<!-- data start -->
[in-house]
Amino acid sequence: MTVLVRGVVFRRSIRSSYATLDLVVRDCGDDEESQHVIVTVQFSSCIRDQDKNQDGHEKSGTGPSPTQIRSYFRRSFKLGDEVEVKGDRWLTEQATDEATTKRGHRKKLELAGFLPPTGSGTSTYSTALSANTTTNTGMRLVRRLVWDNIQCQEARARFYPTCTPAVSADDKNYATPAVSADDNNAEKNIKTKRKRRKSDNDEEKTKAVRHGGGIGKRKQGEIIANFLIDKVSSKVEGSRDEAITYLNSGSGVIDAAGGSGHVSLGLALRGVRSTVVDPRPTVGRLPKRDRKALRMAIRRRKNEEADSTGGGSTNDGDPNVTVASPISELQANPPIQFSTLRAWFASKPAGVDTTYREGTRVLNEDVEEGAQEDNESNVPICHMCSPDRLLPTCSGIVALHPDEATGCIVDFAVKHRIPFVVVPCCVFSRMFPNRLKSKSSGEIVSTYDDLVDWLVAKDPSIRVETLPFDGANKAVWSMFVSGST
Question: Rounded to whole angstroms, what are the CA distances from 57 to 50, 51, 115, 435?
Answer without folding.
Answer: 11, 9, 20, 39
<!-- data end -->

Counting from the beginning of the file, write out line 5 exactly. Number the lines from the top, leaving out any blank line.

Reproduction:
Answer: 11, 9, 20, 39